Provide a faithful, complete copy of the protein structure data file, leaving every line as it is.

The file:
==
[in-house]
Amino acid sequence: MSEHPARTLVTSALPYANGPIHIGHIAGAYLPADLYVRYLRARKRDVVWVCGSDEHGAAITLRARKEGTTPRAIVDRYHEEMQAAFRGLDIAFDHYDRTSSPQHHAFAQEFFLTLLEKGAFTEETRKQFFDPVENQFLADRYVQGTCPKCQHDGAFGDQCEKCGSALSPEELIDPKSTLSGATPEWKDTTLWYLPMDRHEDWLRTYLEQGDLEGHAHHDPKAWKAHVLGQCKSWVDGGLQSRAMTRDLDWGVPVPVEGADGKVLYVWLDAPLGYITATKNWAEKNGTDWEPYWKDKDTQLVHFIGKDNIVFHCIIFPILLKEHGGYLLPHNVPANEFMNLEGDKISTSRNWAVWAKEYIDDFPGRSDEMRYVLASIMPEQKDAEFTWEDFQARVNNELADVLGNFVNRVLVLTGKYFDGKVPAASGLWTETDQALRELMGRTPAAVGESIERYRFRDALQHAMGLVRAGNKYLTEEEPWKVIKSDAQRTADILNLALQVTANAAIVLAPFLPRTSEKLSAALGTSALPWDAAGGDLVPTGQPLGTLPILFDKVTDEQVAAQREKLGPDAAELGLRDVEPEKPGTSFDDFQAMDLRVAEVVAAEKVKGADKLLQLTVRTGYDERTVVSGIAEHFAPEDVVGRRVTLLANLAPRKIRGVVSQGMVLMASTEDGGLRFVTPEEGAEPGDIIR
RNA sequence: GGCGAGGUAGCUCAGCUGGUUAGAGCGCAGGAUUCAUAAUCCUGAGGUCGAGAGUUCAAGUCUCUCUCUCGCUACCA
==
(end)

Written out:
[in-house]
Amino acid sequence: MSEHPARTLVTSALPYANGPIHIGHIAGAYLPADLYVRYLRARKRDVVWVCGSDEHGAAITLRARKEGTTPRAIVDRYHEEMQAAFRGLDIAFDHYDRTSSPQHHAFAQEFFLTLLEKGAFTEETRKQFFDPVENQFLADRYVQGTCPKCQHDGAFGDQCEKCGSALSPEELIDPKSTLSGATPEWKDTTLWYLPMDRHEDWLRTYLEQGDLEGHAHHDPKAWKAHVLGQCKSWVDGGLQSRAMTRDLDWGVPVPVEGADGKVLYVWLDAPLGYITATKNWAEKNGTDWEPYWKDKDTQLVHFIGKDNIVFHCIIFPILLKEHGGYLLPHNVPANEFMNLEGDKISTSRNWAVWAKEYIDDFPGRSDEMRYVLASIMPEQKDAEFTWEDFQARVNNELADVLGNFVNRVLVLTGKYFDGKVPAASGLWTETDQALRELMGRTPAAVGESIERYRFRDALQHAMGLVRAGNKYLTEEEPWKVIKSDAQRTADILNLALQVTANAAIVLAPFLPRTSEKLSAALGTSALPWDAAGGDLVPTGQPLGTLPILFDKVTDEQVAAQREKLGPDAAELGLRDVEPEKPGTSFDDFQAMDLRVAEVVAAEKVKGADKLLQLTVRTGYDERTVVSGIAEHFAPEDVVGRRVTLLANLAPRKIRGVVSQGMVLMASTEDGGLRFVTPEEGAEPGDIIR
RNA sequence: GGCGAGGUAGCUCAGCUGGUUAGAGCGCAGGAUUCAUAAUCCUGAGGUCGAGAGUUCAAGUCUCUCUCUCGCUACCA